Asia & Pacific

  • Scientists crack mosquito code

    T.V. Padma


Scientists have released the draft sequence of the genome of Aedes aegypti, the mosquito that spreads dengue fever, yellow fever and chikungunya.

The sequence is published online today (17 May) in the journal Science.

The genetic information could ultimately help control mosquito populations and the spread of disease, say the scientists.

"We expect that the genome sequence will accelerate basic research in the mosquito biology, particularly the ability of A. aegypti to transmit yellow fever, dengue and chikungunya," Vishvanath Nene from the US-based Institute for Genomics Research and author on the study told SciDev.Net.

The authors write that the genome sequence of A. aegypti represents a "significant technical achievement" that will throw light on the interactions at the molecular level between the mosquitoes and the pathogens they spread.

For example, the researchers expect it will help identify the genetic code of the receptors in A. aegypti's gut that the dengue virus attaches to.

The researchers were able to compare the A. aegypti genome with that of Anopheles gambiae, the mosquito that transmits malaria.

Nene says scientists can now begin to address questions such as why does A. gambiae transmit the malaria pathogen and A. aegypti the yellow fever, dengue and chikungunya pathogens.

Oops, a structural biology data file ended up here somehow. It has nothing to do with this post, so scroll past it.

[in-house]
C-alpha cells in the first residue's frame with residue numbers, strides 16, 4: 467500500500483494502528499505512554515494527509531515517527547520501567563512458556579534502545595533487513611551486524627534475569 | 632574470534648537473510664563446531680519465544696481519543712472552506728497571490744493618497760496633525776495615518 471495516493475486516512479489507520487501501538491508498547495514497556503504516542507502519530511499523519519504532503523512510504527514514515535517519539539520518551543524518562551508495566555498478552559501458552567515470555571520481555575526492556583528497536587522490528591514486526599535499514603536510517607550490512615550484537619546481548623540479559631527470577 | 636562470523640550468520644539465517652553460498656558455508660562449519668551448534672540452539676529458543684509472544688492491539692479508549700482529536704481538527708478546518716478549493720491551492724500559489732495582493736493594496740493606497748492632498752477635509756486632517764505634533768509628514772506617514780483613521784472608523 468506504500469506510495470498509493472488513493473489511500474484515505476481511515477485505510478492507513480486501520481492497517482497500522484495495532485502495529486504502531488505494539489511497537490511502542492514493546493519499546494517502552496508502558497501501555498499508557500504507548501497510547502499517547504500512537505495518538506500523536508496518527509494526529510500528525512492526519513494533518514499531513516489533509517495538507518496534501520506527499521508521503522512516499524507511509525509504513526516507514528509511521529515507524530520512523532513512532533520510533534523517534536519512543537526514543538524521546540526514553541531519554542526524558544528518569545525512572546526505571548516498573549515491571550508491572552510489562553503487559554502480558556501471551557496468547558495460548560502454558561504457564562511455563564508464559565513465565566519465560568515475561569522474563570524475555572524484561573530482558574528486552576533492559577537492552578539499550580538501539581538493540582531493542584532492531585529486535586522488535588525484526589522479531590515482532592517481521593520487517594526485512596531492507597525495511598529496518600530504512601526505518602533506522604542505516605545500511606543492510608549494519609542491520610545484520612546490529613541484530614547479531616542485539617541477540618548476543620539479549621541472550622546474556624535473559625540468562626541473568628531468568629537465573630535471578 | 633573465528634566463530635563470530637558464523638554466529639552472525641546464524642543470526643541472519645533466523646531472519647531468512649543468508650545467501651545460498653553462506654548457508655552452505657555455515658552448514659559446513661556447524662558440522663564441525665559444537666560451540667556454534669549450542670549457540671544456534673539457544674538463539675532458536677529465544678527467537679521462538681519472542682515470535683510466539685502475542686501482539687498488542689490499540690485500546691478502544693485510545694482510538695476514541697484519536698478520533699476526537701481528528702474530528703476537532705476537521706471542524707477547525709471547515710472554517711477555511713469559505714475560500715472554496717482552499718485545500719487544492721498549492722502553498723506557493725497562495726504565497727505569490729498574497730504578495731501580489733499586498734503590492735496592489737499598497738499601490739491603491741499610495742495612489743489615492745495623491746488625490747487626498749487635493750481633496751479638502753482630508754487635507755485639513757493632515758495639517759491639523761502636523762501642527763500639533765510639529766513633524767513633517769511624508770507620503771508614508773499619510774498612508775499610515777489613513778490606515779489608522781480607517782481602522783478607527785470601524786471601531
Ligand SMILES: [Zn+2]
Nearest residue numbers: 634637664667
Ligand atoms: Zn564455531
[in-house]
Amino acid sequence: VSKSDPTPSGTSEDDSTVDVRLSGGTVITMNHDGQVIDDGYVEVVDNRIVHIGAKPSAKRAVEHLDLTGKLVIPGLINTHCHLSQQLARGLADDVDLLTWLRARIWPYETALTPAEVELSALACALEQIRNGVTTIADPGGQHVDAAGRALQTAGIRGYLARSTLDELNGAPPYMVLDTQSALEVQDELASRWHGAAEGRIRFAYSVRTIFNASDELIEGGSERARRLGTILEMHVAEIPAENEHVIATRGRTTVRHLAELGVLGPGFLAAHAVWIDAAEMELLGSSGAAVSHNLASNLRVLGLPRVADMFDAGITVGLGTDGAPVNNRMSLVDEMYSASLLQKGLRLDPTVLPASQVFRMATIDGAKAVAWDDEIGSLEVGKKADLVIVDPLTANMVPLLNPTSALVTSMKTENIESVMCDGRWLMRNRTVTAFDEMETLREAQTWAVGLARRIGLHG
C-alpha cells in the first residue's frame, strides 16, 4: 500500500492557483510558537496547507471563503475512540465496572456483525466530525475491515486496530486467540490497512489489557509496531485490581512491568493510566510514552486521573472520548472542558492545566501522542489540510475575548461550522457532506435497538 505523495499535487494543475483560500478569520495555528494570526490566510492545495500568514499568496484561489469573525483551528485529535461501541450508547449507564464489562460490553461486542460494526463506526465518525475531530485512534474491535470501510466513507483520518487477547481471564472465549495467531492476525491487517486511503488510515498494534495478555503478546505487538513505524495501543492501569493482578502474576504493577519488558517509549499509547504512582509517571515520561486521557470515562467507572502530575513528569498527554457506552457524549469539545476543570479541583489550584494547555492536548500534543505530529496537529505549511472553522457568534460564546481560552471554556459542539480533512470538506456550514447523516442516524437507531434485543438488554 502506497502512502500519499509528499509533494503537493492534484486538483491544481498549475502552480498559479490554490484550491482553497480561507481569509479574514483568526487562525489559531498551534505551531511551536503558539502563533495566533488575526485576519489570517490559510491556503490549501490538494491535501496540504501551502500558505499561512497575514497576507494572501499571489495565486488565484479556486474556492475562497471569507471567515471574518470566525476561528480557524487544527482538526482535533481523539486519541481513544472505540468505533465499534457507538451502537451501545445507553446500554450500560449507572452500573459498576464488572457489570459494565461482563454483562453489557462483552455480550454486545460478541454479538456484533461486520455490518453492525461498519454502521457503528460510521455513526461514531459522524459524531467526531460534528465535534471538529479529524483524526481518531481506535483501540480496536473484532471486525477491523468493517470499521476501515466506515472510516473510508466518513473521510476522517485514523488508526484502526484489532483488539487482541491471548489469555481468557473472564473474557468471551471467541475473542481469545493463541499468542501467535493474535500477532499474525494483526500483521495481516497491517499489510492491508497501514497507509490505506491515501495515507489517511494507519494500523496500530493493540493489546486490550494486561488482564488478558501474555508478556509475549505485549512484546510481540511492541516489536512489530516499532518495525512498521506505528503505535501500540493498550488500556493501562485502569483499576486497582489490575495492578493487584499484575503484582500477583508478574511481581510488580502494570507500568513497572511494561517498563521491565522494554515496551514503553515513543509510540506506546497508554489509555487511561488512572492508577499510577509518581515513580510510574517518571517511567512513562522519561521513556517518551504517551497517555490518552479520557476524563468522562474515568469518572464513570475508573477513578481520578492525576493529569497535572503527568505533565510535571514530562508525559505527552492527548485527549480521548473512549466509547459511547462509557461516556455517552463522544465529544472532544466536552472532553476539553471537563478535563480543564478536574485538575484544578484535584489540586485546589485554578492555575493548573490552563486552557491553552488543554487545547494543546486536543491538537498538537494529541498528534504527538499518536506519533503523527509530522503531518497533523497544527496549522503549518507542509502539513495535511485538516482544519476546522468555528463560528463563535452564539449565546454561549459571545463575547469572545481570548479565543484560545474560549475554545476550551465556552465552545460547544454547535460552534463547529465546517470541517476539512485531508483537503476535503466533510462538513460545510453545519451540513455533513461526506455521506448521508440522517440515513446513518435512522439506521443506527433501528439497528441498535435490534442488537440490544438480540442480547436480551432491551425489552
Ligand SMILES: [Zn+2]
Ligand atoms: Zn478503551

Genetic differences may also explain their blood feeding preferences, the kind of hosts they seek and individual abilities to transmit certain pathogens.

Nene's team also compared the A. aegypti genome with that of the fruit fly Drosophila melanogaster and say the differences could shed light on which genes and gene activities are specific to mosquitoes. They hope this will allow them to identify potential target genes to use in mosquito control.

In addition, information about the genes that control sex determination means that mosquito sex ratios could be manipulated, which may be useful for population control.

According to the World Health Organization, there are 50 million cases of dengue fever each year. Yellow fever is a major problem in Africa and South America, with over 200,000 cases each year, and 30,000 deaths.

Outbreaks of chikungunya have been reported in Gabon, India, the Maldives, Pakistan and Sri Lanka, with 1.25 million cases in India alone in 2006.

Link to full paper in Science [830kB]

Reference: Science doi: 10.1126/science.1138878 (2007)